Niharika Singh is a former Miss India and an Indian film actress. Niharika represented India at the Miss Earth pageant in 2005. She made her feature film debut with the Indian drama ‘Miss Lovely’ that premiered in Un certain Regard at the 2012 Cannes Film Festival and won accolades at the 61st National Film Awards. She featured in other films like ‘Anwar ka Ajab Kissa’, ‘Sohra Bridge’, ‘The Field Guide to Evil’ and was selected for Berlinale Talents in 2016.
Niharika Singh wrote a significant piece in 2018 addressing the #MeToo movement as a Dalit woman, which was perhaps the first time an actor asserted her caste identity in the entertainment industry. She was invited to speak on a panel ‘Can popular cinema break the caste barrier in India?’ at India Conference 2019 in Harvard University.
Jyotsna Siddharth interviewed Niharika Singh for Dalit Feminism Archive to discuss issues of caste, appropriation, representation and feminism in Bollywood.
Jyotsna Siddharth: Could you please tell us about your journey and what motivated you to become Ms India and Ms Earth?
Niharika Singh: I grew up in the north of India, went to a boarding school in the hills and started working as a model at the age of 17. My father had a government job and I did not want to follow the same trajectory. I wasn’t sure what I wanted to do so after a short stint in Delhi, I moved to Mumbai with my sister and started working in the entertainment business. I was photographed a lot as a child so I got comfortable around the camera early. In 2005, I sent my pictures for Miss India, won a crown and represented the country at the Miss Earth pageant. The motivation to enter the pageant wasn’t really clear at that time. I wanted to be self-dependent, had bills to pay and since I was already modelling, Miss India seemed like a good platform to get better jobs. Winning a crown was fun. I got to travel, wear pretty clothes, understand public life, meet people from around the world and explore various opportunities. I got exposed to many things and my confidence grew. Films followed.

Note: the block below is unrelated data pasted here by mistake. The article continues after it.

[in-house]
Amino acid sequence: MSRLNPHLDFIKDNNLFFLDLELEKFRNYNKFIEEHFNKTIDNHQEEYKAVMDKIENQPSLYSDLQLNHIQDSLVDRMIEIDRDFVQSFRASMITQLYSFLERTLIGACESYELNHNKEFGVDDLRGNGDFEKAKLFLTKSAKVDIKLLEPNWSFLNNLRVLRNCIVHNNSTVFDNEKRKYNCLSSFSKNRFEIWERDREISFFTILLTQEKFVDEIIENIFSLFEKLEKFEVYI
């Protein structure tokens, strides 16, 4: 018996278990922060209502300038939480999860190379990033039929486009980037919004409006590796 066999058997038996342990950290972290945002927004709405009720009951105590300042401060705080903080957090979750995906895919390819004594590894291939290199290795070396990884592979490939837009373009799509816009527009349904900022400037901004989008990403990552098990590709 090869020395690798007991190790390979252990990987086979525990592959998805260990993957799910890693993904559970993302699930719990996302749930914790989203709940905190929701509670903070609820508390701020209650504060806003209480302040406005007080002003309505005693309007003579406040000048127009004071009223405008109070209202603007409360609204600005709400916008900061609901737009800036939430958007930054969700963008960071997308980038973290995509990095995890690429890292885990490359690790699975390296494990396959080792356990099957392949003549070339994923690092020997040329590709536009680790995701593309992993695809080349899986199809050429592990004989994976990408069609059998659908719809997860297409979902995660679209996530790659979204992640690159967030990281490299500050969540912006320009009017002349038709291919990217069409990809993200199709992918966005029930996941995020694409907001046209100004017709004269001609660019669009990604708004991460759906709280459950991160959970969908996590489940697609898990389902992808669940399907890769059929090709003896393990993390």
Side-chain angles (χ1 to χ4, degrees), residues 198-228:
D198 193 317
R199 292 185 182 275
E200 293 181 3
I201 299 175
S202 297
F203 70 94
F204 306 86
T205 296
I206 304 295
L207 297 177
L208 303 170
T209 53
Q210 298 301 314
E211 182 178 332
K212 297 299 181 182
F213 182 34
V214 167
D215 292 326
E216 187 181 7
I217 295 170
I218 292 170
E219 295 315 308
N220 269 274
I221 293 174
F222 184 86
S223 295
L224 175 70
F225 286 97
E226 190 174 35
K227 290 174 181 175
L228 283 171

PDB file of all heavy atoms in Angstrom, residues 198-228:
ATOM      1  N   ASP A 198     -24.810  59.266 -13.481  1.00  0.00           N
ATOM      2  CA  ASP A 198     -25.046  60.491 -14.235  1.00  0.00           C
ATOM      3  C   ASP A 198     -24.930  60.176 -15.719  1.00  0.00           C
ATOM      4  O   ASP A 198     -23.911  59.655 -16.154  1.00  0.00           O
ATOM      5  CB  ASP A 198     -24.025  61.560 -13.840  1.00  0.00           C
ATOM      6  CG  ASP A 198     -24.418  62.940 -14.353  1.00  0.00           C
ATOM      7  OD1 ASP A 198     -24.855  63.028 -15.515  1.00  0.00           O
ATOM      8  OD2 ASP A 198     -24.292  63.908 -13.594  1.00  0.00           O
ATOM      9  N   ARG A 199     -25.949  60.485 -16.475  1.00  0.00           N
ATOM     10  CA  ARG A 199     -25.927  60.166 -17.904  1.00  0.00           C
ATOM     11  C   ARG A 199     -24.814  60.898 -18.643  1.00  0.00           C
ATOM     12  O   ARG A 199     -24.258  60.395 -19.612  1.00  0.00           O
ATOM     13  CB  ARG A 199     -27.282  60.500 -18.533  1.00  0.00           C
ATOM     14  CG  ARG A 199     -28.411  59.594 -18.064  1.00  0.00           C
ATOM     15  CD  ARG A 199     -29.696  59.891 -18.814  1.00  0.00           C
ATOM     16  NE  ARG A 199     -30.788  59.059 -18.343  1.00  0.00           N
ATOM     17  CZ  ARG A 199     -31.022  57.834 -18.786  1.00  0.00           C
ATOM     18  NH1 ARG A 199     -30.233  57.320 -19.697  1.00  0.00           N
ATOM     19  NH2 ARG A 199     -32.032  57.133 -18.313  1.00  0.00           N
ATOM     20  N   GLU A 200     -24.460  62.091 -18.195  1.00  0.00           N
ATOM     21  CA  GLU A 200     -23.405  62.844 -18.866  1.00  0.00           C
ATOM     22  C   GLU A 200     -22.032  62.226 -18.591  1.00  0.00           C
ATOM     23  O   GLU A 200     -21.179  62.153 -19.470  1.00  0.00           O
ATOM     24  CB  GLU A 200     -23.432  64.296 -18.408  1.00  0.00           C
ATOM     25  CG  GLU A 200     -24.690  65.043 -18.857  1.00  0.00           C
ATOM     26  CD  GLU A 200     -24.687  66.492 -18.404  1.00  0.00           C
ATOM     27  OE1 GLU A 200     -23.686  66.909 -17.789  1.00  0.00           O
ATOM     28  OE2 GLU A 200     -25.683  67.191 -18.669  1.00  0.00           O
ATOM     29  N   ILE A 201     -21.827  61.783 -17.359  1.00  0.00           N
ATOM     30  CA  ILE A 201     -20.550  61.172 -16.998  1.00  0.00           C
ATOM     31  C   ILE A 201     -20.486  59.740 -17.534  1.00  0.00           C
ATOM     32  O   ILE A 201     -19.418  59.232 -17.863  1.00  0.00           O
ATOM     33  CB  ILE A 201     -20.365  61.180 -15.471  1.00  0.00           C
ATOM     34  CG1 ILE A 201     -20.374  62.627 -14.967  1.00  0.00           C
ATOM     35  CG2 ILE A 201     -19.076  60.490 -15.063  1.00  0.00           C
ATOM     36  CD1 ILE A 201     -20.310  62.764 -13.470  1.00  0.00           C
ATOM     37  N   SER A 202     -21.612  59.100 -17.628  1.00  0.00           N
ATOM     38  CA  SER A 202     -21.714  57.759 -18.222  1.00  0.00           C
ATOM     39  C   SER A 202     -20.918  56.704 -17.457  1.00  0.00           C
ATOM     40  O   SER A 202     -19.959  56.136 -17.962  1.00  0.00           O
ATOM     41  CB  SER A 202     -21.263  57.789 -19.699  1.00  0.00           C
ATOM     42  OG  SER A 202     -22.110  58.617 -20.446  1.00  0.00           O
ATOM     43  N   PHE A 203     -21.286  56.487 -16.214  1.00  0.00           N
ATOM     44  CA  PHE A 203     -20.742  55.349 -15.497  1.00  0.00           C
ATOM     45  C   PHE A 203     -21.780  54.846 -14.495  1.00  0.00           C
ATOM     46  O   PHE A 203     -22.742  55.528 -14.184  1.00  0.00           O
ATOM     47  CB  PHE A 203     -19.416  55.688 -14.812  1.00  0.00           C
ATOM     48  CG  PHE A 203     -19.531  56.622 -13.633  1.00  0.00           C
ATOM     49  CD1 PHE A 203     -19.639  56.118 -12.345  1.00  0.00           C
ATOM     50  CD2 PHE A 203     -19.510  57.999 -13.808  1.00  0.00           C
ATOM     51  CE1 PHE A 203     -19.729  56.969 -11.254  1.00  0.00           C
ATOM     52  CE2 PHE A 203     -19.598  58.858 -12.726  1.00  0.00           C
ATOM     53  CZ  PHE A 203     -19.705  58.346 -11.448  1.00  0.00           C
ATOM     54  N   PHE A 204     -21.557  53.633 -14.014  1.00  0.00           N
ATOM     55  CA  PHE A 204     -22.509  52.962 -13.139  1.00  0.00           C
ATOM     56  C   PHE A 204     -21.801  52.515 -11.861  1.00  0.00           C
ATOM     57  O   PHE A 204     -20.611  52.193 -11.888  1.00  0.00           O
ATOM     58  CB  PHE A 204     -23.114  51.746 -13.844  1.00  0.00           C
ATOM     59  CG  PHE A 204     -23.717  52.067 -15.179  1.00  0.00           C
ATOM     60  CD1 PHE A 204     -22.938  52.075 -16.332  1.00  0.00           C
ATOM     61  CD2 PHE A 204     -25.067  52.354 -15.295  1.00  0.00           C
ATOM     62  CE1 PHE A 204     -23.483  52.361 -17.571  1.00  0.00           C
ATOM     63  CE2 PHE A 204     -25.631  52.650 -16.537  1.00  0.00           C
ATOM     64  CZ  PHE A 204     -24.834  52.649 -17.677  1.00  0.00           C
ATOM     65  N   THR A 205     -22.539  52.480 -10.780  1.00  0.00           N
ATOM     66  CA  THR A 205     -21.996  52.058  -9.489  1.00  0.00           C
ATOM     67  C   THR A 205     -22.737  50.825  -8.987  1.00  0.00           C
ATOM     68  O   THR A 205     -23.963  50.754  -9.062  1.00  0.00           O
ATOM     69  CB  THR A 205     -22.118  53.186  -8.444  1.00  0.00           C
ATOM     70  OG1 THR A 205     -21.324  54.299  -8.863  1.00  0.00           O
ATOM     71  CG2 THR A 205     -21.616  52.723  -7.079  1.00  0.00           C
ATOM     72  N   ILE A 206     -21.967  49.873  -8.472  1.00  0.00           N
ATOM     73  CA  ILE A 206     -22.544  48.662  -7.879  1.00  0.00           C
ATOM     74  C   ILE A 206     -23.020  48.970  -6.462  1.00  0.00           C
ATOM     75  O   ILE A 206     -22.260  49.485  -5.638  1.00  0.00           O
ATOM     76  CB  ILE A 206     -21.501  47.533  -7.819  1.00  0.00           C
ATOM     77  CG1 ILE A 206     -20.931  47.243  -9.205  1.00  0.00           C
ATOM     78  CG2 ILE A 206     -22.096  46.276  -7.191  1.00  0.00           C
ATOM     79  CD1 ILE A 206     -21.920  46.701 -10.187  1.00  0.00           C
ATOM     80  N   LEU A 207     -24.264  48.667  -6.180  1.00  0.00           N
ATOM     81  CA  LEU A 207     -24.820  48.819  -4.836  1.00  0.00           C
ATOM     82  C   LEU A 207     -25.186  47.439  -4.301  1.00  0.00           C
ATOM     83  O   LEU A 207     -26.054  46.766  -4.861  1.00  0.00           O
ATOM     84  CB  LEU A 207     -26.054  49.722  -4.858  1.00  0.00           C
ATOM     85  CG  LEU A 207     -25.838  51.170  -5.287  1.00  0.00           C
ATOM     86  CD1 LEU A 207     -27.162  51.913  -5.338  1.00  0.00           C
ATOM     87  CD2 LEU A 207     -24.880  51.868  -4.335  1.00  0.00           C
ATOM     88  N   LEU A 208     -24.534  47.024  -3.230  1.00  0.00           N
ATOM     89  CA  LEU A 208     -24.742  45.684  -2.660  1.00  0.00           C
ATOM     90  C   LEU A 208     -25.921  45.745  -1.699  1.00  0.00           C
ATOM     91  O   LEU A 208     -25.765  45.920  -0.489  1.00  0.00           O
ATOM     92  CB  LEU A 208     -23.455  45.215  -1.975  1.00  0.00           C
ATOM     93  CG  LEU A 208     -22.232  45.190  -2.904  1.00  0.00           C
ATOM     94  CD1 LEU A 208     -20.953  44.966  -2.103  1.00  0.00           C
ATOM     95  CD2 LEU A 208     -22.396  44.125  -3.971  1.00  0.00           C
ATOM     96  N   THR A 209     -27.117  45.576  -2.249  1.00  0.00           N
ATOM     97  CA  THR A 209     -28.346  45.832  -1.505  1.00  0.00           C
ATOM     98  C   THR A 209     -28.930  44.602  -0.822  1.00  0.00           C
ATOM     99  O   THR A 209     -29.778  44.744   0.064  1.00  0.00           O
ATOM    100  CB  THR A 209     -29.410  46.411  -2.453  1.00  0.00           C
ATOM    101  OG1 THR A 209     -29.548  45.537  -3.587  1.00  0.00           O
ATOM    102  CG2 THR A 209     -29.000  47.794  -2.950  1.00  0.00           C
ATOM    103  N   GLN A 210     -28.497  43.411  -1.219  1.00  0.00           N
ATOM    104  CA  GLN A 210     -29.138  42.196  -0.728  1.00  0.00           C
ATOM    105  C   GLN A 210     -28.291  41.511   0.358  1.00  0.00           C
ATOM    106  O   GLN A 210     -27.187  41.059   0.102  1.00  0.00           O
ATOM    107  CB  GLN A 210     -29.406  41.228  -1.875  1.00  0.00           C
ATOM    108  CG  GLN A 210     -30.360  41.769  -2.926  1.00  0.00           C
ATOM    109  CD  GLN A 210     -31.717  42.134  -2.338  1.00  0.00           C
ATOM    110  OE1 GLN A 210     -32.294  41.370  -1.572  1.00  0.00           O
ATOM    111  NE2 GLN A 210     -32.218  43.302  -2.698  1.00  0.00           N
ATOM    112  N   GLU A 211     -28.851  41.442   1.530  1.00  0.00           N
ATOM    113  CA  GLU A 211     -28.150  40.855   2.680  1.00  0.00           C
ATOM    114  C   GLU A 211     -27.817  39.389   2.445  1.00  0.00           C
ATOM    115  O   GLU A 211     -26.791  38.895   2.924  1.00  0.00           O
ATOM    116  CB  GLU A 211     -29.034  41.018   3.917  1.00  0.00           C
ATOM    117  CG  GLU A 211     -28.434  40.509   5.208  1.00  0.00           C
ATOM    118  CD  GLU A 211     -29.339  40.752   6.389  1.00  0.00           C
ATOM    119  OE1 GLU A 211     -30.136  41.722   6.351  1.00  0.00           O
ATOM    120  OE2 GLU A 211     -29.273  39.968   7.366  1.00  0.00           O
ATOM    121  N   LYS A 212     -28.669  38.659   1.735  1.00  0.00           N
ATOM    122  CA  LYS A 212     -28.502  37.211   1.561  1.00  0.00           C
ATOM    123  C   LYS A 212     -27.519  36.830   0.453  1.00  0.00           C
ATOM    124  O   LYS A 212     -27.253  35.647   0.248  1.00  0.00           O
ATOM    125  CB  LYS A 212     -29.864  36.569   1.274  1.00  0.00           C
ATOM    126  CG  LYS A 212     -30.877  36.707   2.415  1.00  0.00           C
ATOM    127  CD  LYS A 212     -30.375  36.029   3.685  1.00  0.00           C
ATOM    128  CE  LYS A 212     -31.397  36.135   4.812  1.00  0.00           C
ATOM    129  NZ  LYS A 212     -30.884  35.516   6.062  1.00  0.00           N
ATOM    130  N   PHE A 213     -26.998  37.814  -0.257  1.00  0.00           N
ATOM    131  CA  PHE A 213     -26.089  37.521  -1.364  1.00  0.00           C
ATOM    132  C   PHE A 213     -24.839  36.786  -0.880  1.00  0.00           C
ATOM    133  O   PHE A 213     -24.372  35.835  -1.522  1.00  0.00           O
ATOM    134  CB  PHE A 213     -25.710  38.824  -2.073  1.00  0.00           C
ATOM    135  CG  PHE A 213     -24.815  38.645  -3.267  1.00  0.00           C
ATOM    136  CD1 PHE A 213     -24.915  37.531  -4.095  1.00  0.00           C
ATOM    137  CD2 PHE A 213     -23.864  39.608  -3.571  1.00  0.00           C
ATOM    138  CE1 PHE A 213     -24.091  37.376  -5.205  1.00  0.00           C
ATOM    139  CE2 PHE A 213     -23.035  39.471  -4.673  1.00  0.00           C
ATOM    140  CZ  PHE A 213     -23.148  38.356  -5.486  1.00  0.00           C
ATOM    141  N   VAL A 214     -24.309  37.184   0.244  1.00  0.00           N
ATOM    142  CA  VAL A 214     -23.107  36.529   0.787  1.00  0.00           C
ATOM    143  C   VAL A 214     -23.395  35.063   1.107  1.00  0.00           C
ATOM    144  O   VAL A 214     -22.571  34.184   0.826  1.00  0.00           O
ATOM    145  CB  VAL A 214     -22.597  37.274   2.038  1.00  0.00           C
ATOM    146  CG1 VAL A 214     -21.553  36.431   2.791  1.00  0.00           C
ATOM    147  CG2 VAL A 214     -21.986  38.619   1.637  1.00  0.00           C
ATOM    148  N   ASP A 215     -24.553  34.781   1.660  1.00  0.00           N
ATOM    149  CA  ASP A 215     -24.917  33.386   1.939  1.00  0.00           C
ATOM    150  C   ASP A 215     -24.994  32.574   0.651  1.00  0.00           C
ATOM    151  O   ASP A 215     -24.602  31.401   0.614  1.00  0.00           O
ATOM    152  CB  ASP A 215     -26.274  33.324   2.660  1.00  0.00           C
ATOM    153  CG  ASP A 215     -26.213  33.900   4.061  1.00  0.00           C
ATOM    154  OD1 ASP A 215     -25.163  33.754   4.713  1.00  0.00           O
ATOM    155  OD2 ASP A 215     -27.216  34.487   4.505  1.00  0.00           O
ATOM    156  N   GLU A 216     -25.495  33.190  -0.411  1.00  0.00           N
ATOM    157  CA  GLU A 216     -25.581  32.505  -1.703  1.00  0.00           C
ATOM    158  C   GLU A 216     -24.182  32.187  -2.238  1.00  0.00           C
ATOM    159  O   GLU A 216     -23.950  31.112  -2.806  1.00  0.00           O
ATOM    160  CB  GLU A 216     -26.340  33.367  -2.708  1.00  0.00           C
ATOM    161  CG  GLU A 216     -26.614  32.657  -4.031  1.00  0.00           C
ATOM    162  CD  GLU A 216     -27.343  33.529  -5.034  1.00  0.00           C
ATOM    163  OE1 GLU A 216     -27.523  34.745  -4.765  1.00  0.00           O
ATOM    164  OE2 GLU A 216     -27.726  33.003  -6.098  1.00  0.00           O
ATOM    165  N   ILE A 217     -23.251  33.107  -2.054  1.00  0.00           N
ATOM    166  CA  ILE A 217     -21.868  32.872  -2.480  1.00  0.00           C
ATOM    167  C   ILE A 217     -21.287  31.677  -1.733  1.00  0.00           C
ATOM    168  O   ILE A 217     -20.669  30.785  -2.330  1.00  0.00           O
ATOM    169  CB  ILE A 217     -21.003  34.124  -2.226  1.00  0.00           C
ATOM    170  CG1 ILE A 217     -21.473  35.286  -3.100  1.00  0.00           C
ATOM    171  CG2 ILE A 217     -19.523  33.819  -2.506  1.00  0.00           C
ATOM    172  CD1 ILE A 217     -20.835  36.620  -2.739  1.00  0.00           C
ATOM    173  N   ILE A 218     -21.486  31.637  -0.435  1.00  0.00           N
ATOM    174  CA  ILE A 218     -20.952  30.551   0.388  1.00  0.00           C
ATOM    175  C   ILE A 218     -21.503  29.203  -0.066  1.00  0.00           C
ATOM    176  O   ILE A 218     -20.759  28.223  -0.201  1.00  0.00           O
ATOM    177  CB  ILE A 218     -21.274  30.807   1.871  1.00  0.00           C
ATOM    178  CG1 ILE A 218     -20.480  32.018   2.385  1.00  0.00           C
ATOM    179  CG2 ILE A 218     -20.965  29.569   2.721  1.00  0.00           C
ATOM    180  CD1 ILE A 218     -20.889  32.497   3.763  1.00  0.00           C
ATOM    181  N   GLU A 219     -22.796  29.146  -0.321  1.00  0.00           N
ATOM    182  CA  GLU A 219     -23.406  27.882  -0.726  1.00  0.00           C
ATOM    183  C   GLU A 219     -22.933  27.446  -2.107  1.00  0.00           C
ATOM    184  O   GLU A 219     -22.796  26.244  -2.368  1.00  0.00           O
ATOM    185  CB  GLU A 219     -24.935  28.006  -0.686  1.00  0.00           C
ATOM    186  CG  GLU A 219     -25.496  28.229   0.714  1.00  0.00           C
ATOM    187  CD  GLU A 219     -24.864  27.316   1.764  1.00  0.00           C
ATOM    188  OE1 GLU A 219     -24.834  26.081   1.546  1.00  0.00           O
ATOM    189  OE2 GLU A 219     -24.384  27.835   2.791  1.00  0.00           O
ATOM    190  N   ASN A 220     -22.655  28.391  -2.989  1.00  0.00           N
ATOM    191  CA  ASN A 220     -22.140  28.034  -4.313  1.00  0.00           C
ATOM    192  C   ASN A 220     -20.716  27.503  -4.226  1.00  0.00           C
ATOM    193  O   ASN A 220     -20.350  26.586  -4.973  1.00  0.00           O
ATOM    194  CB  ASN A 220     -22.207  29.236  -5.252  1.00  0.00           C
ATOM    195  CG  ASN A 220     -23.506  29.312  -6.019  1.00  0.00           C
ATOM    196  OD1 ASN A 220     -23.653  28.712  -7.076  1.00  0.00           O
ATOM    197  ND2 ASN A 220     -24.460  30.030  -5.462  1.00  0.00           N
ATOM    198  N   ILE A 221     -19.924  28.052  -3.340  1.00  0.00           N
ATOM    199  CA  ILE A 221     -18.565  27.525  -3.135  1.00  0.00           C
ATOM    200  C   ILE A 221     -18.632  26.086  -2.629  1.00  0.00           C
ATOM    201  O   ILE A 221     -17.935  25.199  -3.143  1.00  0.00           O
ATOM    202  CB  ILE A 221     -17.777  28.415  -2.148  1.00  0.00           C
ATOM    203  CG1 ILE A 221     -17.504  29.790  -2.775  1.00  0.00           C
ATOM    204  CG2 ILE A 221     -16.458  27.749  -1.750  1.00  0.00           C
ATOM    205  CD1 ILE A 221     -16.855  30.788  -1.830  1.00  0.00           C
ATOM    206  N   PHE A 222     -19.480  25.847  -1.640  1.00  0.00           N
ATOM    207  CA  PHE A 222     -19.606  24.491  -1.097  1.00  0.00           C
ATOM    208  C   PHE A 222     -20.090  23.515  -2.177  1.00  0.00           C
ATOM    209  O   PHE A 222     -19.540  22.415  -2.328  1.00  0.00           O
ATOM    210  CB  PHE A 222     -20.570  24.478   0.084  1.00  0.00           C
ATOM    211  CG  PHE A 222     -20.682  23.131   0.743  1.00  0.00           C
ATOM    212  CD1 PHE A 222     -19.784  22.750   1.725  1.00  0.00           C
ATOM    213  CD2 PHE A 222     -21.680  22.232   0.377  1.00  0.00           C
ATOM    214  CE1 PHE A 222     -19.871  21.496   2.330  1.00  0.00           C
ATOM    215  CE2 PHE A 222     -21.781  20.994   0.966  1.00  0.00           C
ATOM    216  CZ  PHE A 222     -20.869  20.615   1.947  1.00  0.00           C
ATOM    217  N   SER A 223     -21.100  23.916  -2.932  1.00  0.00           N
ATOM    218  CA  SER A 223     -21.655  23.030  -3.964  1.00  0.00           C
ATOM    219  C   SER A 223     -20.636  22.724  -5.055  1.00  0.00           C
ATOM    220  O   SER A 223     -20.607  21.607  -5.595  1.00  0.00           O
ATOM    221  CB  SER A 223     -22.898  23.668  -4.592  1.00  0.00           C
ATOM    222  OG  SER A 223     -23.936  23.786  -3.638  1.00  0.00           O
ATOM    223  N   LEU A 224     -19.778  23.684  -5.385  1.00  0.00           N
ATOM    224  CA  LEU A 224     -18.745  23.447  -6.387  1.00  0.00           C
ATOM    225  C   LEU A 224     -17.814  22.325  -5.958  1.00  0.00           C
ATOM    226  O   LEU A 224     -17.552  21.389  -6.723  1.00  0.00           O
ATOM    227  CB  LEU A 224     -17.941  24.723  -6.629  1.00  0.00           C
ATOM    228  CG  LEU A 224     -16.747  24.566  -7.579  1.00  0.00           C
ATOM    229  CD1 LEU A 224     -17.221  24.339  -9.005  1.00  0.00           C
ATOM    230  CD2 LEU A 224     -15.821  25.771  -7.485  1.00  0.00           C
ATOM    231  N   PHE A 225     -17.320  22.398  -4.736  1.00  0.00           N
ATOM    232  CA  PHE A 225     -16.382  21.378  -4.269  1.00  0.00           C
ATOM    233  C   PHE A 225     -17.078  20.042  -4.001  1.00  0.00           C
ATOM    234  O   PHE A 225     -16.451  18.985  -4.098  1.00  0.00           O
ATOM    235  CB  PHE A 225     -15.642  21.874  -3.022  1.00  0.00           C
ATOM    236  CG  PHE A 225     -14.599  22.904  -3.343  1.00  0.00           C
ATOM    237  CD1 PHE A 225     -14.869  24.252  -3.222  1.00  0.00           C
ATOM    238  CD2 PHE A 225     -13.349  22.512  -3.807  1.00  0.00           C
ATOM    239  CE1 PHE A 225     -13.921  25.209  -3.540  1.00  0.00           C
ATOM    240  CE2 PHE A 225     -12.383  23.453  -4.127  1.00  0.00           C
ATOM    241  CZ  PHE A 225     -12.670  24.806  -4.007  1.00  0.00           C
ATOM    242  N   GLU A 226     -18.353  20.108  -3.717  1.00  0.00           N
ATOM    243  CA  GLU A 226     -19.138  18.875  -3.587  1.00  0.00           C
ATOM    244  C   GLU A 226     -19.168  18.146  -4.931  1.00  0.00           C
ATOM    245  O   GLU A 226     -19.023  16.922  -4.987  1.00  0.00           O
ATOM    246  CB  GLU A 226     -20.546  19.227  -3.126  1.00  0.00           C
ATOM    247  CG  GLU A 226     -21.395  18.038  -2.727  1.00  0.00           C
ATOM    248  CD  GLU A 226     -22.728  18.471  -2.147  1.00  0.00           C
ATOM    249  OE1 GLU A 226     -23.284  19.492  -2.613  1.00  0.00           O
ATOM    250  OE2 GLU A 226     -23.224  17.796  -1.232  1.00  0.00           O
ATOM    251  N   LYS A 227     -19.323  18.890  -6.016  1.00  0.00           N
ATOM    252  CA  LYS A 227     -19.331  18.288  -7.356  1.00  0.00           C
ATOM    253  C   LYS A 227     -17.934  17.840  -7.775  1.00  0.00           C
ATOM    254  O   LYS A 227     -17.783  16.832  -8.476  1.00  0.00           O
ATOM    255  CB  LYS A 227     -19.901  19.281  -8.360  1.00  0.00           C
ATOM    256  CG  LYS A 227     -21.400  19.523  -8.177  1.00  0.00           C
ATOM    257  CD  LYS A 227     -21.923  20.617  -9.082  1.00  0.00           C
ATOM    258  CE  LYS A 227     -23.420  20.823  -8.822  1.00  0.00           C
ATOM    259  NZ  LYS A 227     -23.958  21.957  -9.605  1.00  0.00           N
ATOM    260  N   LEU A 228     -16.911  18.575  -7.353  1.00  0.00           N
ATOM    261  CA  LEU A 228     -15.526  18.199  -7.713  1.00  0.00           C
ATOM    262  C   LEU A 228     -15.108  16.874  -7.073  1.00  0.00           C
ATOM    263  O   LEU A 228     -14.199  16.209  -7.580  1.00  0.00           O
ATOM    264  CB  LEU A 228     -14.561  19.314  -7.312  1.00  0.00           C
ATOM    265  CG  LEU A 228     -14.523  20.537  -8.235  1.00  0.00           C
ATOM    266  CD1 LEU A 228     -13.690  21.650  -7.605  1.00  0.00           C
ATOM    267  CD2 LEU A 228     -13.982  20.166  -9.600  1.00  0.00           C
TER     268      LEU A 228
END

I grew up relatively protected, so I did not understand caste and it’s complexity as a child. I knew we were ‘SC’ but what it meant in the larger political context was alien to me. After moving to the most cosmopolitan city in the country and being celebrated as a ‘Miss India’, I faced caste violence first hand and realised I had a lot to learn.
JS: How was your childhood, where did you go grow up and how was that like?